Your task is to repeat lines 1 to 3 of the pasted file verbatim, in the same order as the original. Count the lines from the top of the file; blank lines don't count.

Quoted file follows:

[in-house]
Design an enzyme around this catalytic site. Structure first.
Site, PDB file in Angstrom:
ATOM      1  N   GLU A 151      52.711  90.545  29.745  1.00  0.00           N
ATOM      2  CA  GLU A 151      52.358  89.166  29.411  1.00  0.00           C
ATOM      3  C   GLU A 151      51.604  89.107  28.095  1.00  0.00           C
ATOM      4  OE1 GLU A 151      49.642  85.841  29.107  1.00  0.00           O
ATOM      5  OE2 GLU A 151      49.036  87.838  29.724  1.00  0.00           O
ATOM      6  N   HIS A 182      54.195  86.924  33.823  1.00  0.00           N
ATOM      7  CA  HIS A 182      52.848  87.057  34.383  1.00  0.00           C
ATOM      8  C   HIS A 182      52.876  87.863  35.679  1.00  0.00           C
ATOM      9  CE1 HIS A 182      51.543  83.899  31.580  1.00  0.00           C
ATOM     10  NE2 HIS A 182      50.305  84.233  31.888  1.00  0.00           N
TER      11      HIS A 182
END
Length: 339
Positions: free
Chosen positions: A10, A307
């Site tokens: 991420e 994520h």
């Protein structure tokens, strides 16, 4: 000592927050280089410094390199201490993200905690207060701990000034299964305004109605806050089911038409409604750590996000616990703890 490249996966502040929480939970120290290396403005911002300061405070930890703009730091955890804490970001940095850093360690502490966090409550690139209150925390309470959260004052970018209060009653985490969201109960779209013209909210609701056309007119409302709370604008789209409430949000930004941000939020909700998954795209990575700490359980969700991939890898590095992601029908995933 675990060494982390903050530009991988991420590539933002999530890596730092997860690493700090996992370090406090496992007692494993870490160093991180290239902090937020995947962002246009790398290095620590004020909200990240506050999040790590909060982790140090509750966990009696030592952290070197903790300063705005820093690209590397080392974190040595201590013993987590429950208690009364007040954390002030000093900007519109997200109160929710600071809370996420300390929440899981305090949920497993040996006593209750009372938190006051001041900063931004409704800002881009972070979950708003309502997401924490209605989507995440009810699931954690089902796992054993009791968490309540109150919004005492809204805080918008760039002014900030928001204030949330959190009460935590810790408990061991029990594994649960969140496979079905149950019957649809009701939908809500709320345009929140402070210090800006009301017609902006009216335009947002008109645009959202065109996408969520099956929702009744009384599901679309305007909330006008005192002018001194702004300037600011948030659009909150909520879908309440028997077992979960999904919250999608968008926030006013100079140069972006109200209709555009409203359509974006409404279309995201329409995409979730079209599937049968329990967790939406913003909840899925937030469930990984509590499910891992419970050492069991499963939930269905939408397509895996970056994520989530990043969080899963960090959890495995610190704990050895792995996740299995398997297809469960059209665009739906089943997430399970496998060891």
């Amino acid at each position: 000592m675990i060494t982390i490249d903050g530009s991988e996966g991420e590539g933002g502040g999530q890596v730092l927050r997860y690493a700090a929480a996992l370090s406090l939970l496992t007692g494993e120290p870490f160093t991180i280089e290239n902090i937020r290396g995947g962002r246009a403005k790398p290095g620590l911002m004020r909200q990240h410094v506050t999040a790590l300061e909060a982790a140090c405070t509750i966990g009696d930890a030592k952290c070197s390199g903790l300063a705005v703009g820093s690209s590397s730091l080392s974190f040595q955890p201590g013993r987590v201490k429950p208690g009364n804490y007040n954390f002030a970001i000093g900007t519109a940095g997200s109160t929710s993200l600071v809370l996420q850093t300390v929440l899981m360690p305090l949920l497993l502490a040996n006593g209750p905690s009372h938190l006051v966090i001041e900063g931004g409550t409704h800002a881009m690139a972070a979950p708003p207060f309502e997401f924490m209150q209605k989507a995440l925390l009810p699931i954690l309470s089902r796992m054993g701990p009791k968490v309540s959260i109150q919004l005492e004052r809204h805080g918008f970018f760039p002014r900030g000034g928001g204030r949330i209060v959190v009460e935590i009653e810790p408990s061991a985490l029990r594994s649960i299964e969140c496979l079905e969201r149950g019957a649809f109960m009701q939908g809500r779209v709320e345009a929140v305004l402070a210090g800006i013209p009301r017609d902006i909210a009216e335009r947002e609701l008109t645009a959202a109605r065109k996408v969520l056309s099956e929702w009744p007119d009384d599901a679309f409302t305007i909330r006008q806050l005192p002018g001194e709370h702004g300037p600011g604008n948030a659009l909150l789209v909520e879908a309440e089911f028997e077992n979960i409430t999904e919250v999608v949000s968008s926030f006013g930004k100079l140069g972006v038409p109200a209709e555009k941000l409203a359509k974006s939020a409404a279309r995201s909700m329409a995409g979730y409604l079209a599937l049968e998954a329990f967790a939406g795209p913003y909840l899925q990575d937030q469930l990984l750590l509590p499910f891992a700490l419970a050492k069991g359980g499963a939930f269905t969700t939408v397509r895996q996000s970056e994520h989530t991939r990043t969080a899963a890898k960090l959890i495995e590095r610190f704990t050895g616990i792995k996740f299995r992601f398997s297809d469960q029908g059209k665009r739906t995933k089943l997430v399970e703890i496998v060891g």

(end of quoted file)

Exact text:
[in-house]
Design an enzyme around this catalytic site. Structure first.
Site, PDB file in Angstrom: